Saint Agnes – Vampire
“It’s hard to imagine cramming much more frenzied passion into such a brief suite of songs than Saint Agnes have managed with Vampire.”
Twenty-first-century goths Saint Agnes conjure a stylishly cinematic horror-fantasy world with their raw and visceral metal-tinged rock. Building on their 2019 debut Welcome To Silvertown, they were forging an impressive reputation for the reckless abandon of their energetic and visually stunning shows before live music came to an abrupt halt with the pandemic restrictions of 2020.
Spending lockdown together in their East London flat, vocalist Kitty A. Austen and guitarist Jon James Tufnell embarked on a series of ‘Quarantine Diaries’, weekly home-recorded cover version videos. Their take on the Grinderman classic No Pussy Blues got the nod of approval from no less than Nick Cave himself, who declared it “chilling and superior”.
Two of the quarantine covers feature on the new mini-album Vampire, along with four original numbers. Physical copies have vibey atmospheric interludes described as ‘Psalms’ woven amongst the tracks that link and expand the musical themes.
Revenge is justified
After a bit of coughing and spluttering over a suitably gothic organ motif, opener Repent bursts forth with a ferocious intensity. “Revenge is justified,” intones Kitty, over a bassline so dirty it might have been dredged from the bowels of the earth. The rest of the band crash in with screeching guitar and a kick drum that hits like a baseball bat wrapped in lead stolen from the church roof. It’s an awesome dynamic that continues through the song, alternating brooding menace with righteous fury. The transitions are deliciously accented with thrillingly tight triplet snare rolls. The choruses have the feel of the mosh pit, with a stomping, headbanging bounce and a grinding and squealing metal riff. It’s a dark triumph, and I’d love to hear it played live.
The title track and current single Vampire has a busy feel more akin to contemporary pop, with a processed and satisfyingly melodic vocal, plus an array of synth-like chimes and more menacing electronic tones. Needless to say, there’s a layer of scuzz and dirt underneath, and I rather like the contrast of distinctly lo-fi snare breaks in the midst of the modern audio. It’s a well-crafted song with a series of naggingly catchy hooks, and I could easily imagine it appealing to a broad audience.
Kitty spits the lyrics with a venomous sass
The awkward typewriter rhythm of No Pussy Blues is very familiar; the song’s iteration in a female voice less so. The growling bass part oscillates like a didgeridoo, providing a tribal and otherworldly backdrop, as Kitty spits the lyrics with a venomous sass. The instrumental breaks unleash utter mayhem, with howling guitars and piercing shrieks of effects that could be the screams of tortured souls. This is a truly magnificent cover version.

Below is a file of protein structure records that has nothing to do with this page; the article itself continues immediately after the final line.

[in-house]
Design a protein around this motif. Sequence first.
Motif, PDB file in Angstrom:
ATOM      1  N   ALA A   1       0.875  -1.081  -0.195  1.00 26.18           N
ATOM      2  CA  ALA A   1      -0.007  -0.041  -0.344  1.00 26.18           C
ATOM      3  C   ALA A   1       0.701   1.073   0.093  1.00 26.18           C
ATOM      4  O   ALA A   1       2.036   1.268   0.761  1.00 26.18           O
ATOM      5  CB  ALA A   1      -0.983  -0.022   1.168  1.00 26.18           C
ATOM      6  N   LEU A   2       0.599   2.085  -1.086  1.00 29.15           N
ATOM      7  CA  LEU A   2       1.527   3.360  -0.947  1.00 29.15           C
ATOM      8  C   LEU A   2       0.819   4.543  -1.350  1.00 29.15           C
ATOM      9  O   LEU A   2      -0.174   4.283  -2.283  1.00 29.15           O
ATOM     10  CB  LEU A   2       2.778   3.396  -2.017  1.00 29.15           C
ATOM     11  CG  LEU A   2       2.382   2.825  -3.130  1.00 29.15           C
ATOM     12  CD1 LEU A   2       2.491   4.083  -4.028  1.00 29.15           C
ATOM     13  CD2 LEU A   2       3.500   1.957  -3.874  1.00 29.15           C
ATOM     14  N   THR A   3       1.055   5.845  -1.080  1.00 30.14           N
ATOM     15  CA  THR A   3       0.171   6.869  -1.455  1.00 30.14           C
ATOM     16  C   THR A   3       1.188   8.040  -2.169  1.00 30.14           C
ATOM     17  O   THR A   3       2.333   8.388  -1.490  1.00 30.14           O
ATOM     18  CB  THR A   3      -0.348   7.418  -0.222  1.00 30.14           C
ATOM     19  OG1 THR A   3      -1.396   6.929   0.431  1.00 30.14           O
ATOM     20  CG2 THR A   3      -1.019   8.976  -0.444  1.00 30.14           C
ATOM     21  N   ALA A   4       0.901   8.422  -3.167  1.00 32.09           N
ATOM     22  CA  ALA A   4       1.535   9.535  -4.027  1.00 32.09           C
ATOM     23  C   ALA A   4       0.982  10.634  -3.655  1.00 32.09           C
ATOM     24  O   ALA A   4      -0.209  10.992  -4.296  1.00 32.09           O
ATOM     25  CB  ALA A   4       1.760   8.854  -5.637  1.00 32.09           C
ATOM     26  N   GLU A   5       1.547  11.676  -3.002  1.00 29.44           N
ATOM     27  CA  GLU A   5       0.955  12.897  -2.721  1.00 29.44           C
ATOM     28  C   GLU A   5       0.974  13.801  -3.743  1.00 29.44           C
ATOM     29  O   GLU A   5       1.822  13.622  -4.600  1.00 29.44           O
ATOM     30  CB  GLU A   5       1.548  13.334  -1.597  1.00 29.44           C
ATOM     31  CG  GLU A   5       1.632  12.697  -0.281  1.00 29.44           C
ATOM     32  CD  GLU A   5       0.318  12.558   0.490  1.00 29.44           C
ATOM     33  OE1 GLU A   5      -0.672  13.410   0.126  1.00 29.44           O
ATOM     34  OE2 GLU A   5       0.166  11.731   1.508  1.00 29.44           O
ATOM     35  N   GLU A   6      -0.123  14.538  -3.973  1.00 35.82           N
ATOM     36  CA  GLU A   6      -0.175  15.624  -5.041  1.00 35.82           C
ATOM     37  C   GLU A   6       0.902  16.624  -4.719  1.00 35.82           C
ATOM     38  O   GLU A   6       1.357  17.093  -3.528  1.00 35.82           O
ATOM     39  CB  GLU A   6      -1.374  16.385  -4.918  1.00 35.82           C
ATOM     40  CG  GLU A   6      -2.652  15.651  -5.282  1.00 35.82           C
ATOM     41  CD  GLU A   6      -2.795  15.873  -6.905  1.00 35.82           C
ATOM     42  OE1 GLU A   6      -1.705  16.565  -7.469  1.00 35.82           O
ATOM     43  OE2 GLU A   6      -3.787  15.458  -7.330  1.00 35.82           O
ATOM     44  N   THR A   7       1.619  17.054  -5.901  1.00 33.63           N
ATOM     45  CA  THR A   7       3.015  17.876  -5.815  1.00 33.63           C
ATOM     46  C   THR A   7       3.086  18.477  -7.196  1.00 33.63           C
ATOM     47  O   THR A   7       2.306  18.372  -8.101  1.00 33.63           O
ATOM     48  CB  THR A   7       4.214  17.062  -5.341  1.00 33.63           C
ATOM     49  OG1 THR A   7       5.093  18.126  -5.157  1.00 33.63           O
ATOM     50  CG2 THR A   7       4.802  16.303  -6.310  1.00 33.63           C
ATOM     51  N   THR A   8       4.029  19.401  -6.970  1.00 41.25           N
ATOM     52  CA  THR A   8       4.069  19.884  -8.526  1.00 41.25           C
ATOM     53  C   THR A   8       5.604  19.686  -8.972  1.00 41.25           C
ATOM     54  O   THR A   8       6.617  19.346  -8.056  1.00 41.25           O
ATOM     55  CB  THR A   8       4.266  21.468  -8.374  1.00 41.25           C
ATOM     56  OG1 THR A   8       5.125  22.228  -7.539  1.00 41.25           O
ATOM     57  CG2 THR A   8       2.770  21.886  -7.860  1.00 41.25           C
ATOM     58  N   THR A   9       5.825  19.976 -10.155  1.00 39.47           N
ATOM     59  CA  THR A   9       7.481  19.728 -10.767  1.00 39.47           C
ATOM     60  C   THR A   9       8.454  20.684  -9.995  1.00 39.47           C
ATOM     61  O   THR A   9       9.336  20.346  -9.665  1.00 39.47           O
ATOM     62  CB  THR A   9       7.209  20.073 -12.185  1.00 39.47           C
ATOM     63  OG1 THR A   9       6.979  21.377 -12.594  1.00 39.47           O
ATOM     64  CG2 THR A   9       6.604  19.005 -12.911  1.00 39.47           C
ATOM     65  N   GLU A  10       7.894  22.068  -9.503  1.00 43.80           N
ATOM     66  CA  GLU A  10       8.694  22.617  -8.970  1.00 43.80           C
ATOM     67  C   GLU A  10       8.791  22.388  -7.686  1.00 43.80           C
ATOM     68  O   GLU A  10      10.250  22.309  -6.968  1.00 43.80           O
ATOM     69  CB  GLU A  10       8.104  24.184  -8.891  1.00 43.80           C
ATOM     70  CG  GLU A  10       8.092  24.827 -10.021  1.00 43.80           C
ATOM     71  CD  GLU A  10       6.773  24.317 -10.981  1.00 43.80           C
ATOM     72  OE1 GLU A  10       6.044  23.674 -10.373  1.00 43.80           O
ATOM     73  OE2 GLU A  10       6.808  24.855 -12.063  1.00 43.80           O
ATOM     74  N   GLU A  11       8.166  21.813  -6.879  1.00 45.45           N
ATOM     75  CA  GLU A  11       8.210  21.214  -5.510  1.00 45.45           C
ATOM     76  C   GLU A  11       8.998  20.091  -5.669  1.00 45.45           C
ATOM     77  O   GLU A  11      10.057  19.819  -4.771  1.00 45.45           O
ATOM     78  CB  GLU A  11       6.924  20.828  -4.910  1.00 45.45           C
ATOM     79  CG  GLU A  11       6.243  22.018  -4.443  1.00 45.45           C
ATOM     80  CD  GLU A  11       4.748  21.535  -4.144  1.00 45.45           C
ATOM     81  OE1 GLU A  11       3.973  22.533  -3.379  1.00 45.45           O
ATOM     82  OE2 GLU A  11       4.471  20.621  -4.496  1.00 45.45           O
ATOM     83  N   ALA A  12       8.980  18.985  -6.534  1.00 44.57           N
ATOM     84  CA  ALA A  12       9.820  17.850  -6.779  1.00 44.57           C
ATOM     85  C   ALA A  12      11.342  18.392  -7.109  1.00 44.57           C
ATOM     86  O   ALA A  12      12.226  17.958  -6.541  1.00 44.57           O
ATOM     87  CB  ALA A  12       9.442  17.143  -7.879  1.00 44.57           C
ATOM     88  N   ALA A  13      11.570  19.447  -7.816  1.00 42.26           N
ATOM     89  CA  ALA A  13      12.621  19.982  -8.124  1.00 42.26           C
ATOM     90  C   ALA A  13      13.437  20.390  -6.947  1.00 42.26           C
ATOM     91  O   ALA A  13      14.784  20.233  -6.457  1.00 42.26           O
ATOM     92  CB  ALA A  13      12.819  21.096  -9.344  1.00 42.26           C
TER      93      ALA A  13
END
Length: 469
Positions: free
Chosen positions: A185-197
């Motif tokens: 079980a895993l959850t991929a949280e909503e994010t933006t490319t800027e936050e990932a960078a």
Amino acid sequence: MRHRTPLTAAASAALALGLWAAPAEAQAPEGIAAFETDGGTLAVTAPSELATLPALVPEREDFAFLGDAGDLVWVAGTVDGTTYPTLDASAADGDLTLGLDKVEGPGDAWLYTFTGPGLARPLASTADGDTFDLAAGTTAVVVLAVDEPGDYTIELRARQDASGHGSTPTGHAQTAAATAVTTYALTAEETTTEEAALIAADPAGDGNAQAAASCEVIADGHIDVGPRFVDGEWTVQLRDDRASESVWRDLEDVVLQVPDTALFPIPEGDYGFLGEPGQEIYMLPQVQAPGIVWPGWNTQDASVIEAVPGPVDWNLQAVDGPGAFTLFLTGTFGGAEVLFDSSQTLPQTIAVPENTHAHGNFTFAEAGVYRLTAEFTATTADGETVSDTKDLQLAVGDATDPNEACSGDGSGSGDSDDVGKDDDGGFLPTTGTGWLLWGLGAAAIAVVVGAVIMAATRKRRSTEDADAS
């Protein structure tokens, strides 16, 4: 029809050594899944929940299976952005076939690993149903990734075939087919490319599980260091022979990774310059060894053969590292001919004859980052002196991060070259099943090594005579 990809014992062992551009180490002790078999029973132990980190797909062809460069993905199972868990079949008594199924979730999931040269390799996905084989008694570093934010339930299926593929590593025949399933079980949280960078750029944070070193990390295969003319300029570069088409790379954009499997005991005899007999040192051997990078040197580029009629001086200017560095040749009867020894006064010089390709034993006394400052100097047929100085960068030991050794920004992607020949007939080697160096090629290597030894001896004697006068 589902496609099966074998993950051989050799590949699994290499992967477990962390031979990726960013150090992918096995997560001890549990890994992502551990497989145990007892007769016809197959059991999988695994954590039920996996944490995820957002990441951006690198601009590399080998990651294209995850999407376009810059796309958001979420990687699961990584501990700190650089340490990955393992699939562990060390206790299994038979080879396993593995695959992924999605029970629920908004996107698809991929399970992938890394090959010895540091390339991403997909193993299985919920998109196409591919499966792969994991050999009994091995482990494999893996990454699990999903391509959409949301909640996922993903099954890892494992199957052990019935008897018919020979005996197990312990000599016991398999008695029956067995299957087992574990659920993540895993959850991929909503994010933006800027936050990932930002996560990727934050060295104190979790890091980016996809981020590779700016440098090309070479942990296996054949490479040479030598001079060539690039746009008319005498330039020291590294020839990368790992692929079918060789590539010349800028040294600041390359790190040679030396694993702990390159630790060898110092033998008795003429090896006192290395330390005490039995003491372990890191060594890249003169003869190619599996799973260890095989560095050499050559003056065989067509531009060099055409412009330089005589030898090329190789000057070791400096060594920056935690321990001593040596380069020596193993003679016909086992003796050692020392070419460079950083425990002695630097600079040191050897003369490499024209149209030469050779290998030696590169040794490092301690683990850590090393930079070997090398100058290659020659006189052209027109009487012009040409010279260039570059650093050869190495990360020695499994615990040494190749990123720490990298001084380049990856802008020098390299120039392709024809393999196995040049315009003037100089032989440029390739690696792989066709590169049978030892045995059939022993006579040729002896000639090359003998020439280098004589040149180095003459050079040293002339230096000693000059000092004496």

Lead single This World Ain’t Big Enough is gloriously heavy, with the interplay of fuzz-laden guitar and bass sounding like dangerous industrial machinery and a vocal that oozes threat and menace. Pretty much everything is drenched in some sort of distortion, although there’s a spookily clear four-note piano figure ringing out throughout the song, and this provides an eerie accompaniment to a pleasingly ethereal vocal line in the breakdowns. The chorus is another earth-shaking stomp-along, and I suspect this number might get the crowd a bit lively when gigs finally return.
I’m With You Everywhere You Go is the only original here that hasn’t been released as a single, but I suspect that’s only a matter of time. The opening riff has an exotic quality. There’s a brief moment of cutesy melodic vocal, which is soon rendered terrifying by insistent repetition of exponentially increasing intensity. The band go big on the dynamics, with juddering stops and some spectacularly effective drum fills.
The clatter of a relentlessly fast train beat shunts in the second lockdown cover: a reimagining of Wish by Nine Inch Nails. It’s another champion version, with powerful rhythm guitar and a swooping wah solo, and Kitty’s vocal delivering plenty of attitude.
Psalm V, the last of the interludes, concludes the mini-album in a thematically satisfying and freakily wonderful way. It would be worth buying a physical copy to get the full experience of this record.
It’s hard to imagine cramming much more frenzied passion into such a brief suite of songs than Saint Agnes have managed with Vampire. Their horror comic world is vividly manifested through the majestic sweep of a powerfully executed musicality. They have the charm, swagger and charisma of the undead. Will you be inviting them in?
Vampire is released on 26th March via Death Or Glory Gang Records.
Tracklist ( * physical copies only)
No Pussy Blues
This World Ain’t Big Enough
I’m With You Everywhere You Go
Saint Agnes are:
Kitty A Austen (vocals/guitar)
Jon James Tufnell (guitar/vocals)
Ben Chernitsky (bass)
Andy Head (drums)